William Morris’ – Golden Rule

William Morris textile design

(By William Morris – Planet Art CD of royalty-free PD images William Morris: Selected Works, Public Domain, https://commons.wikimedia.org/w/index.php?curid=2444632/ )

William Morris knew something about keeping one’s home free from clutter; meaning unneeded things. And this was in the 19th century! Below is a quote he wrote on February 19, 1880.

“Believe me, if we want art to begin at home, as it must, we must clear our houses of troublesome superfluities that are forever in our way, conventional comforts that are no real comforts, and do but make work for servants and doctors. If you want a golden rule that will fit everybody, this is it: Have nothing in your houses that you do not know to be useful, or believe to be beautiful.”   (William Morris, 19 February 1880)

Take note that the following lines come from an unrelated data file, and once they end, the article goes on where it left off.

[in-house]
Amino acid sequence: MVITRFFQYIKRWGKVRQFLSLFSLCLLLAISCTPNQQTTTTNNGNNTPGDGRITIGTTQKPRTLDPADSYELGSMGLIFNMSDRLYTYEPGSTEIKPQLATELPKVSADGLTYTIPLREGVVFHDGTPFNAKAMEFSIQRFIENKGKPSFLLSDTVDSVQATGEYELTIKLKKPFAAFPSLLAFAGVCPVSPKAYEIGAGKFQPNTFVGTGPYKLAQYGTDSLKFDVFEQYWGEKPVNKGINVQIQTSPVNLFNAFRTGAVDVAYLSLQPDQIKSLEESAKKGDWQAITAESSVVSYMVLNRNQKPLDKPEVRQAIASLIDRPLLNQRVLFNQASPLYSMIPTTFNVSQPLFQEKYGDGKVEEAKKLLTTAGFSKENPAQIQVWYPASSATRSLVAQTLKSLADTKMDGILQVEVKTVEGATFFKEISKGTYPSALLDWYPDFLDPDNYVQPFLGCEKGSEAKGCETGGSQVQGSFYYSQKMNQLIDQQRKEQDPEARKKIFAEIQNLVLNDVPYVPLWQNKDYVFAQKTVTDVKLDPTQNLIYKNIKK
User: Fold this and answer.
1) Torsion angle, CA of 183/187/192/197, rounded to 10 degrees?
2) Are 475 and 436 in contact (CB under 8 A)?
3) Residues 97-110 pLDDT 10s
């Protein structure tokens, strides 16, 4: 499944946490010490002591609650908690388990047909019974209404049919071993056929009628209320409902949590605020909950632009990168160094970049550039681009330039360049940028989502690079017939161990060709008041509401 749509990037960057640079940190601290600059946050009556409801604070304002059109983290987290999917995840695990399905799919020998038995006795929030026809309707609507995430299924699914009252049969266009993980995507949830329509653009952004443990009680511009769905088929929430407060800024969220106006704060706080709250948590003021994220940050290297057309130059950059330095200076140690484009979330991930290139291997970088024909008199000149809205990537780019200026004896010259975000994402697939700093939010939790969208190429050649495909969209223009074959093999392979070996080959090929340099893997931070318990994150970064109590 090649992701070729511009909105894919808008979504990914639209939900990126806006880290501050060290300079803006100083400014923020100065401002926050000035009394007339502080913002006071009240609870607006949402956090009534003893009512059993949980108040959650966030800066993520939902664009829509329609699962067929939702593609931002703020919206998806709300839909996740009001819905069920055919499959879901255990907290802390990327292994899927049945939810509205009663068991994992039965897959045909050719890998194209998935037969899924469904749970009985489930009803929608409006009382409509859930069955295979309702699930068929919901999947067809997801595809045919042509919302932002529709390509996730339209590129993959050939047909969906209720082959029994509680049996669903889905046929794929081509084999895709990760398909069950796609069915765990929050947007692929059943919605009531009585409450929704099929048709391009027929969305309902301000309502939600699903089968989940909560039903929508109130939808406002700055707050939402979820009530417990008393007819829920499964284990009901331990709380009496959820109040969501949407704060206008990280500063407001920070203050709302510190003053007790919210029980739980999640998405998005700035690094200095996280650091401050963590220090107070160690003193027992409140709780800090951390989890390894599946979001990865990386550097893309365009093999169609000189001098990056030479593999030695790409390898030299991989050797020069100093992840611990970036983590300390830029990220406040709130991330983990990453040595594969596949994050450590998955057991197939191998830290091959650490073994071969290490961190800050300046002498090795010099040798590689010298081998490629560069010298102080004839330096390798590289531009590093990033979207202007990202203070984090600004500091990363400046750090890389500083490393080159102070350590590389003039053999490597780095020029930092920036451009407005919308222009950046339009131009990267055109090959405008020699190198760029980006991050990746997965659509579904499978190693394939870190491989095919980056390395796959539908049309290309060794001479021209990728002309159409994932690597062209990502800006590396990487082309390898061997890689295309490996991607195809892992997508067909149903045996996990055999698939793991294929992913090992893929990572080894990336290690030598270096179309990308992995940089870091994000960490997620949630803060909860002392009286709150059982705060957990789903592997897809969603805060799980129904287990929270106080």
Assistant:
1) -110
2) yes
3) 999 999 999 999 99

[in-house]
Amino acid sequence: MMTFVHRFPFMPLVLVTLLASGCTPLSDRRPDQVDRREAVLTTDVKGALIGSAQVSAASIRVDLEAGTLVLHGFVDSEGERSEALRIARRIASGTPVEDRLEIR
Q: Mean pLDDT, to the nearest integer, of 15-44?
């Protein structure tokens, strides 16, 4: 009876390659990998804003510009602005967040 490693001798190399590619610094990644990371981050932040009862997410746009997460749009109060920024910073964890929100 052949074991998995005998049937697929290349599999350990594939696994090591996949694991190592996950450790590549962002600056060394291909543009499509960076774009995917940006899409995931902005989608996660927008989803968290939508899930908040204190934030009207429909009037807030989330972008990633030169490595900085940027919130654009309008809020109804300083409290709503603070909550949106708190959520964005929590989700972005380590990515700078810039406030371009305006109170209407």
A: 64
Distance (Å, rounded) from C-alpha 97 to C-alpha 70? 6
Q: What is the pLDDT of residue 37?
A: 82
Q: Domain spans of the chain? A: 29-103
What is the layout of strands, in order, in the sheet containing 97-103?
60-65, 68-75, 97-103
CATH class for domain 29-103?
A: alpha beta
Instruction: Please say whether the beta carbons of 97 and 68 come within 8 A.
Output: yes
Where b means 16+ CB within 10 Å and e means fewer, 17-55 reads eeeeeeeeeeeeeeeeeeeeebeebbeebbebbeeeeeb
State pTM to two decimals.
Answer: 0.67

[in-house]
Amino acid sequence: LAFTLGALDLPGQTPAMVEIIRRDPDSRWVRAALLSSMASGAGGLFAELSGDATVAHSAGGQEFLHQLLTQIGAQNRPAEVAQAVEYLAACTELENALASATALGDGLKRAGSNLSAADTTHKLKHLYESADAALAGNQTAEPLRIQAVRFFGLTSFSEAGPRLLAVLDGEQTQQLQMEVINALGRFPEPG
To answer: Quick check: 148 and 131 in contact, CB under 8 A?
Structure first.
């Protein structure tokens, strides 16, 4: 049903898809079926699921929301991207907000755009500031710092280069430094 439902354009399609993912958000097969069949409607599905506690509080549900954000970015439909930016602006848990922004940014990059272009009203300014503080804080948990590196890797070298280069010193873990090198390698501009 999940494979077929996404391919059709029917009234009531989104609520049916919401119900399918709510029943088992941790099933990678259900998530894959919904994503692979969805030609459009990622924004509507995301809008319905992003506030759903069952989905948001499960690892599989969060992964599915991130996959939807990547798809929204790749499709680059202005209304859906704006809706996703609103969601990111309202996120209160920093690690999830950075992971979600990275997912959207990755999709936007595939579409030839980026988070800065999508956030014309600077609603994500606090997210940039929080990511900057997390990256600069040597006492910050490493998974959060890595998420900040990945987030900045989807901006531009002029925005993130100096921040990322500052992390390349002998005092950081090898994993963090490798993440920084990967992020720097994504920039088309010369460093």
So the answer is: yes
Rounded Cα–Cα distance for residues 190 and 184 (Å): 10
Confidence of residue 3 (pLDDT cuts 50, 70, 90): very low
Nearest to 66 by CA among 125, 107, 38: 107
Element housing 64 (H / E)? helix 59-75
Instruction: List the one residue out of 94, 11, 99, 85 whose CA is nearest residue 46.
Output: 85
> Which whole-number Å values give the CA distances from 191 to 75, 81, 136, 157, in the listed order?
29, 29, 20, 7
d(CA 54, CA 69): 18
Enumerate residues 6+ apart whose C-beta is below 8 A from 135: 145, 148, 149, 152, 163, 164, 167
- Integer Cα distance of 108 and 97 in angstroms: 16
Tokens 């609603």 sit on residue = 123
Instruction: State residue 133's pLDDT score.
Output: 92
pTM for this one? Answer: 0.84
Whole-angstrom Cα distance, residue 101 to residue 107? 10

William Morris (24 March 1834 – 3 October 1896) was an English textile designer, poet, novelist, translator, and socialist activist. Associated with the British Arts and Crafts Movement, he was a major contributor to the revival of traditional British textile arts and methods of production. His literary contributions helped to establish the modern fantasy genre, while he played a significant role in propagating the early socialist movement in Britain. (copied from Wikipedia, the free encyclopedia)

Do you follow this golden rule, and have only useful and beautiful things in your home?

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